China Focus: Yili, Mengniu, Nestle China, Nongfu Spring and new national food safety plans feature in our round-up
Hitting the $100bn mark: China’s Yili and Mengniu pour in investment to boost milk production
Chinese dairy giants Yili and Mengniu are adding new manufacturing sites to pump up production volume of liquid milk products in a bid to hit the RMB$100bn (US$14.5bn) revenue goal.
Mengniu announced that it is building a new factory in Jiaozuo, a prefecture-level city in northern Henan province.
The factory will be the largest processing site of Mengniu’s dairy products. It is expected to process 1000 tonnes of fresh milk daily, provide direct employment for 1,500 people, and indirectly benefit 20,000 dairy farmers.
Omni-channel presence: Nestlé China taps on Alibaba Ling Shou Tong model to reach more mum-and-pop stores
Nestlé China is building its presence in the traditional mum-and-pop stores by cooperating with Alibaba’s Ling Shou Tong (LST).
LST helps connect FMCG brands with traditional mum-and-pop stores, which were previously connected via multiple layers of sub-distributors.
Nestlé recently organised a Super Brand Day with LST, where all products from its subsidiaries, including Yinlu and Totole are available for sale on LST. New products from these brands were also launched on the platform.
Two goals, 10 action plans: China Communist Party and state council outline first joint food safety plans
China has outlined a set of food safety proposals to achieve two main goals: to ensure that 98% of all products fulfil spot-check requirements by 2020, and that the nation's food safety standards will be regarded as the world's best by 2035.
This is the first time a food safety proposal has been released by both the central committee of the Communist Party and the state council.
By next year, more than 97% of China's agricultural products should pass food safety inspection, while more than 98% of its food products should fulfil spot-check requirements, officials said.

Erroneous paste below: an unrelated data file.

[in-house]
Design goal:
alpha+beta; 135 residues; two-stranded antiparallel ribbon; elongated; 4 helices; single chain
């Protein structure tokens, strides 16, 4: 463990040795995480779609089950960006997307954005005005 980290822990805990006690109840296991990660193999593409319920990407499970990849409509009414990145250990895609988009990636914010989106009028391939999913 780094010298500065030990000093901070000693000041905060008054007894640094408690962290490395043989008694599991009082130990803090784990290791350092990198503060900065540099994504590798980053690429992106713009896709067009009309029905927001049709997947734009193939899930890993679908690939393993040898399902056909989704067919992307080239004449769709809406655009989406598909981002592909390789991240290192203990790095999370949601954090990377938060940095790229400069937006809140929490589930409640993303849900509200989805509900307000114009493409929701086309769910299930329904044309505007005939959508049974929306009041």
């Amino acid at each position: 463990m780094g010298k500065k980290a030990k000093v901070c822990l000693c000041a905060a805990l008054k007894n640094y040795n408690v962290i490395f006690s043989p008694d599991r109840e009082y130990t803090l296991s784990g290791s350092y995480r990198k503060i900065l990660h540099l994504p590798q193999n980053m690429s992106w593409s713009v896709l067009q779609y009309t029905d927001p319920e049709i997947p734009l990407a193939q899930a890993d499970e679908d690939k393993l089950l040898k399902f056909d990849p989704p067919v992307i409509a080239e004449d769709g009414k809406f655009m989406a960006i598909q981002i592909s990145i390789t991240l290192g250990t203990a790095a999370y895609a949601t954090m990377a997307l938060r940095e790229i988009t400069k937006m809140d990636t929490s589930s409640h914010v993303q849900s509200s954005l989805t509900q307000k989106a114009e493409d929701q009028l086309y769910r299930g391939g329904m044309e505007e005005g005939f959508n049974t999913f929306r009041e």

Justify the price: Nongfu Spring reveals tips for manufacturers when selling plant-based yogurt in China
Manufacturers will need to explain why plant-based yogurt are priced higher than animal-based yogurt when selling in China due to a lack of consumers’ understanding, according to insights from Nongfu Spring.
The Chinese mineral water giant starting to sell its first ever plant-based yogurt last month, after spending three years experimenting over 1,000 different formulations.
Made from non-GMO soy beans, the yogurt comes in three flavours - almond, coconut, and walnut.
Industry big names General Mills, Coca-Cola, Danone seek to work with start-ups to meet Chinese market demands
A consortium of industry big names, including General Mills, Coca-Cola, and Danone, has joined the China Food Tech Hub – a project aimed at partnering outstanding start-ups with major industry players to meet the ever-changing consumer demands in China.
Organised by Chinese food tech venture capitalist Bits x Bites, China Food Tech Hub is backed by seven other key industry players at present, namely Givaudan, Griffith Foods, Louis Dreyfus Company, Novozymes, Nutreco, PepsiCo Greater China, and Puratos.
Officially launched in Shanghai last week, the China Food Tech Hub will service as a neutral platform for these companies to cooperate with start-ups and each other in tackling business challenges and creating growth opportunities.